His eye sight deteriorated and he had to leave school in Bulawayo, he then focused on music as a profession. “You know Dave with music you don’t have to see, you have to feel. It is not the eyes that you need much”, he said. He bought his first guitar, a German made Hofner Electric guitar. One of his guitars was stolen in a break in after a car accident and it was a Kay, made in England.
He currently has in his collection about nine top class guitars at his home in Broadhurst including amongst other brands the Ebeneezer guitars and The Fender Mustang among other brands. He also owns special made Sadowsky Guitars Limited, an American high-end guitar, manufacturer in Long Island City, New York. He also owns a D'addario and a Yamaha which he used to endorse. He also has a saxophone which he can play pretty well among his instruments.
He played an instrumental part when the True Tones band was formed around 1970. They managed to break the ice performing in white dominated five star hotels but he recalls they used the back door. This is where Uncle John Selolwane met renowned names in the music circles such as Petula Clark, an English singer, actress and composer whose career has spanned seven decades. He also met Joane Palomo, a classical singer and performed together.
In 1981 he joined the group African Jazz where he played Bunny Machabane, Khipi Mooketsi, Danny Mpale, The late Thandi Klassen, Busi Mhlongo, Ausi Maggie Thipe, Ben Masinga and Gil Mathews who is now based in Sweden. Uncle John Selolwane will be turning 72 years this year and he confessed that he has no solo project under his belt. But despite the age, this is something that he is looking forward to working on. This is the man who produced Mama Africa, the late Miriam Makeba.
Selolwane with Bra Hugh Masekela wrote the Film Sarafina. “I made Masekela what he is when he came to Africa, he couldn’t go to South Africa but I was”, he said. He also played with Soul Brothers, Sipho Gumede and Buddy Gay from Chicago. He recalls that his role models were the Dambe Brothers; these are the guys that made him. He started with their school choir and grew close with Amos Dambe who became the first Motswana Ambassador to United States. He says when he finally came to Botswana he found artists like Bra Zakes Ngwaze and formed the group Golden Rhythm Crooners with people like Champion Banda and Dorothy Masuka.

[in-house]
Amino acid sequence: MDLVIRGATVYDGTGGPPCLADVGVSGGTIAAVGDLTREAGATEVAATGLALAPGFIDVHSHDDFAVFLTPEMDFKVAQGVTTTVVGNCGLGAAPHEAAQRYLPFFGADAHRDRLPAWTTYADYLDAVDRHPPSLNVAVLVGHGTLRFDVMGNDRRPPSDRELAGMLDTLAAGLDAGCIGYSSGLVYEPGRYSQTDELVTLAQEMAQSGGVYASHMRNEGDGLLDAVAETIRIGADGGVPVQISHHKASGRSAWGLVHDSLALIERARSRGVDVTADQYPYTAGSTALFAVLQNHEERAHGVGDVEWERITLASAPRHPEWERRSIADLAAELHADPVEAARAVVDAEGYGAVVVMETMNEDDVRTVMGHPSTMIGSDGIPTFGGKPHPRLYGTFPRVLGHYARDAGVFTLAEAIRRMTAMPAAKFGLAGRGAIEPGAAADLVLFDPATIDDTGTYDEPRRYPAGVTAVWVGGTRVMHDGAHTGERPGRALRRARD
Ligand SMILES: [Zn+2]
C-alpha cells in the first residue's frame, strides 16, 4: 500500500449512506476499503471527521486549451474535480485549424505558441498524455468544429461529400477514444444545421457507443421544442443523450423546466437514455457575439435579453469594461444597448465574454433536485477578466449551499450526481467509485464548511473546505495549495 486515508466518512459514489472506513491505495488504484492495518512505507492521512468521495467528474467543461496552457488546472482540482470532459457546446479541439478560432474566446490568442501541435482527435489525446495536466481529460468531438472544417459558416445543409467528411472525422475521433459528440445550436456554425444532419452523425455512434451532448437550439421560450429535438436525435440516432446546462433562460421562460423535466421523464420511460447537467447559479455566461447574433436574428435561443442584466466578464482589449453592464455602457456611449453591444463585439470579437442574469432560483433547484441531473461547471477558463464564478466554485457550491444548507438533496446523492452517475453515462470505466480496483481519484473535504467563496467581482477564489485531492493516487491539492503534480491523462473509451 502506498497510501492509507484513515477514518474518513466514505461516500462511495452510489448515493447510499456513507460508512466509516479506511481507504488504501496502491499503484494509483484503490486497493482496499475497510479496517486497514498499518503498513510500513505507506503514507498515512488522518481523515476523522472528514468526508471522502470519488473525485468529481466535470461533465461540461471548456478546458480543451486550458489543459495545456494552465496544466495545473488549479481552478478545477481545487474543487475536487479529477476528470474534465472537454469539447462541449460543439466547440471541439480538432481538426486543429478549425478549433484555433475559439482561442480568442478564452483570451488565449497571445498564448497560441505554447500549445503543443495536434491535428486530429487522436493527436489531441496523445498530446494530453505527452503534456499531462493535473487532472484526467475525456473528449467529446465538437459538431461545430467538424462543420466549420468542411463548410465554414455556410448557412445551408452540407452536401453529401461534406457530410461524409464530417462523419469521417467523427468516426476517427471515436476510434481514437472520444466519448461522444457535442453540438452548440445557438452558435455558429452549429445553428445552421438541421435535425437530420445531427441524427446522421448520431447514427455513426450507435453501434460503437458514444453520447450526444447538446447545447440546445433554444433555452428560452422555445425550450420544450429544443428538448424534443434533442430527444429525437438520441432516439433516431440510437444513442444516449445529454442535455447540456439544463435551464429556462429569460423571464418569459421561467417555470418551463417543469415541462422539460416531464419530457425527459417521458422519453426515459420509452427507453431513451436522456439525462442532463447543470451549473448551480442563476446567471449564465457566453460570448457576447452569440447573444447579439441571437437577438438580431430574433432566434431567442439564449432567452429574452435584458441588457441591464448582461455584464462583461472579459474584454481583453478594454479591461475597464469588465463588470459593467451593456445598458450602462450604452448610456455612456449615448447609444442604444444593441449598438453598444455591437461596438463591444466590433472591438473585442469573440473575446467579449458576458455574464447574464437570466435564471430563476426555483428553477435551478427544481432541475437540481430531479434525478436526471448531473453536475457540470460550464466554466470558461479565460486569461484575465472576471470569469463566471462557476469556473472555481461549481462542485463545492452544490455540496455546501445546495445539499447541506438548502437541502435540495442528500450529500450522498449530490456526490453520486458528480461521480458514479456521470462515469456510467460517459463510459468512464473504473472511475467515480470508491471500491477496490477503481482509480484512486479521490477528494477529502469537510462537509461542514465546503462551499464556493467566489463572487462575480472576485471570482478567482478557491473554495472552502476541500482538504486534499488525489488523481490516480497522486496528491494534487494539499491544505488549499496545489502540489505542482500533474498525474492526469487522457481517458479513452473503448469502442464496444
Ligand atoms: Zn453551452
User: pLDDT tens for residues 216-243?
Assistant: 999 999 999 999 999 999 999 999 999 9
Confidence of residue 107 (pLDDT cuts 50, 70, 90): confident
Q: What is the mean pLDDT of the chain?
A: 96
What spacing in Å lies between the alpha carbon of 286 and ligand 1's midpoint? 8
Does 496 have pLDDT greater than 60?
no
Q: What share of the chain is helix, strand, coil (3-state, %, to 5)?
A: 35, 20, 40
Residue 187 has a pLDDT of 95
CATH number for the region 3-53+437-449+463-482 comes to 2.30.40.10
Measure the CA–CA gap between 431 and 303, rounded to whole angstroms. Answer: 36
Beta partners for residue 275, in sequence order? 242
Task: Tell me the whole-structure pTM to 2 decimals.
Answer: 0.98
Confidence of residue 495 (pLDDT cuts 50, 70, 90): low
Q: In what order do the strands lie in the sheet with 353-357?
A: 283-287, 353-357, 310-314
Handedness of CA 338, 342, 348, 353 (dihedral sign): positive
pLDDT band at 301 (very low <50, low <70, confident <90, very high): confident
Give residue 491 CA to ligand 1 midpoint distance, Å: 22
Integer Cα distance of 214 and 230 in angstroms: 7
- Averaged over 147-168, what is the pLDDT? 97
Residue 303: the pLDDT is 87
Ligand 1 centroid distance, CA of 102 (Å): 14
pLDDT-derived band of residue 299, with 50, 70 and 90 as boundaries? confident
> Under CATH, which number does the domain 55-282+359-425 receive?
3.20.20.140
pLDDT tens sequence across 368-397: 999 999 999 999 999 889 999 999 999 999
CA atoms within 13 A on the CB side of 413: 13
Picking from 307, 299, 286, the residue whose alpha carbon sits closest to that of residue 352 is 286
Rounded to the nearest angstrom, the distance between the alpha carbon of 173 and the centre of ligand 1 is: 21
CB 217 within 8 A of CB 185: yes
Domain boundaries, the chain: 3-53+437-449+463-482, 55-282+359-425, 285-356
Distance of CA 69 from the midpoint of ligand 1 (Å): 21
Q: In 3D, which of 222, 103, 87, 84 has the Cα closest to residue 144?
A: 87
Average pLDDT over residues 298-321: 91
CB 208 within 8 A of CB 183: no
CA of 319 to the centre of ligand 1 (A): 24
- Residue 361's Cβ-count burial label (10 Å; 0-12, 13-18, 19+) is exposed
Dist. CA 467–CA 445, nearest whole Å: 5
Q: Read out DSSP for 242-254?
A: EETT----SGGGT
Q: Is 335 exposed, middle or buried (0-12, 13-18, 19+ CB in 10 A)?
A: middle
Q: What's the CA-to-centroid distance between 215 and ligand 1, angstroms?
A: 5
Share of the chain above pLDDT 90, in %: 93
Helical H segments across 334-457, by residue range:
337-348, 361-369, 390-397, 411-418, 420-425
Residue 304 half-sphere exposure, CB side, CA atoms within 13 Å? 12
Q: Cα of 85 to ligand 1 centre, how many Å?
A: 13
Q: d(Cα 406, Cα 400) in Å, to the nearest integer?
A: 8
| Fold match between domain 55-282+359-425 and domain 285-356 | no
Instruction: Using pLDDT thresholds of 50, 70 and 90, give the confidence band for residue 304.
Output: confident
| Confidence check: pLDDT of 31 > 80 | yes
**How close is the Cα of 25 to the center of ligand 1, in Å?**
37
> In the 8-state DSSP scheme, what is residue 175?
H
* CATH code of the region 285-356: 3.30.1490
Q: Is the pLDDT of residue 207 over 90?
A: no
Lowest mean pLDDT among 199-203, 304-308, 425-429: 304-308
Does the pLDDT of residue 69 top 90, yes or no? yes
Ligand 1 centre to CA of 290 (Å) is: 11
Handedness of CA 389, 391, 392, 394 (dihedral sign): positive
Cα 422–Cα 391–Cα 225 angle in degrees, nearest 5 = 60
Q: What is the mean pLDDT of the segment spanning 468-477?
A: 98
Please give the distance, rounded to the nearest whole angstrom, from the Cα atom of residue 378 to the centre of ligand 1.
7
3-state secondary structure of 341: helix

Uncle John Selolwane has travelled the world but deep down he is a very disappointed man. He feels the same industry that he crafted has rejected him; they have failed to honour and recognise him. He is currently battling with his sight and rarely does public performances. With his achievements to date Uncle John Selolwane deserves a Naledi Ya Sechaba award. “Thanks to my wife, I don’t know where I will be right now”, he closed with a heart breaking statement before he offered us a cup of coffee and sandwiches.
After its initial outbreak with a cluster of pneumonia cases at a seafood, poultry and live wildlife market in Wuhan City, China, Covid-19 has spread rapidly across the globe. The virus has hammered economies worldwide and brought devastation to many.
On 16 September Shincheonji Church of Jesus, a church with thousands of members in various countries, held a global online prayer service to pray for the victims of the coronavirus and their families, healthcare workers, government officials and for the complete eradication of and cure for Covid-19.
The virtual prayer service was live-streamed to the entire congregation with more than 200,000 members in countries all over the world participating, including the USA, the United Kingdom, South Korea, Australia, South Africa, Namibia and Zimbabwe.
In keeping with social distancing, health protocols and protecting its members from possible exposure to the coronavirus, Shincheonji arranged the virtual gathering for members to pray together in safety and set an example for others.